In the meantime, a quick thought:
There are several salient differences between the questionable business dealings of the Clintons and those of, say, Bush or Cheney. First, the current White House occupants were certainly seeking advice from a better (or at least higher) class of advisor; Arthur Andersen may not trump Jim McDougal now, but things were different at the time, as Cheney attested personally on that Andersen promo video.
Which was reflected, in a way, in the outcomes: the Clintons lost money.
But one thing is the same: as we live in a government of laws, not men, these guys can't be allowed to use their occupancy of government offices to shield themselves from the consequences of their actions, as the Supreme Court ruled in the Paula Jones case. To cook up some invented, specious reason for treating this stuff any differently would call into doubt not only the correctness of that decision, but the value of precedent itself --- the basis of the Supreme Court's authority to bind other federal judges.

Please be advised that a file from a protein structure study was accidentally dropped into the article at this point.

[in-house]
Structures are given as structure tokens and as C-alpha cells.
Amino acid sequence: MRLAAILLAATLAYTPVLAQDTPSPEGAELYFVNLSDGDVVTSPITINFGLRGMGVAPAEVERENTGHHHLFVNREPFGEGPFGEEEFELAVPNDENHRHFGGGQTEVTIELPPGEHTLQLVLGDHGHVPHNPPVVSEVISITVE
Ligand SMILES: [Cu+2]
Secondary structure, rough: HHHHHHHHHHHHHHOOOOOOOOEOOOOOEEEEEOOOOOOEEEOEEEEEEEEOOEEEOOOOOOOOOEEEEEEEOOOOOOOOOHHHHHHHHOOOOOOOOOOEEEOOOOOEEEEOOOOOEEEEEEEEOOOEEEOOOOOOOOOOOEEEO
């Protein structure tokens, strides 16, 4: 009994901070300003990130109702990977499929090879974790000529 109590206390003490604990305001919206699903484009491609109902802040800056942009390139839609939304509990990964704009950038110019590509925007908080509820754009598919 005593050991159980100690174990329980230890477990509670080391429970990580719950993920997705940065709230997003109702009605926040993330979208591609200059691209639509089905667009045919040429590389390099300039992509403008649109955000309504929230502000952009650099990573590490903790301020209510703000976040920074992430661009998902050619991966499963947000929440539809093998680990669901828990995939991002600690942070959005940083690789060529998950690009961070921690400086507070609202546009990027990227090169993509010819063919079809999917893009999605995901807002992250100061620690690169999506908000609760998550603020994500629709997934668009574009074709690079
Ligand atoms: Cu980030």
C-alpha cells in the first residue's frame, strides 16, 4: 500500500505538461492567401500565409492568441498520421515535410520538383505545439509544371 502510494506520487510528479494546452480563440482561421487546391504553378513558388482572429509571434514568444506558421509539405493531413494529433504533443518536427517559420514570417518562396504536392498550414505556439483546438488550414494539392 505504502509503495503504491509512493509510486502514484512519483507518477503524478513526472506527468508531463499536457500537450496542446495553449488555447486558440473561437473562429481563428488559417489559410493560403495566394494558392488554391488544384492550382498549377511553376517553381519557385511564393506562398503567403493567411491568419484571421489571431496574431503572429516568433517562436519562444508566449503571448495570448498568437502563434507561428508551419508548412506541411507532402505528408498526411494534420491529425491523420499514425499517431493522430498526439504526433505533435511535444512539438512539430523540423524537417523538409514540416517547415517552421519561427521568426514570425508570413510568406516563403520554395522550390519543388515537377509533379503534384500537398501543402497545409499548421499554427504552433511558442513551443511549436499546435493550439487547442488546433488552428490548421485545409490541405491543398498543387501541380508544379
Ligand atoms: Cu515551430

And they wouldn't want to call that into question for transient, partisan political advantage. Would they?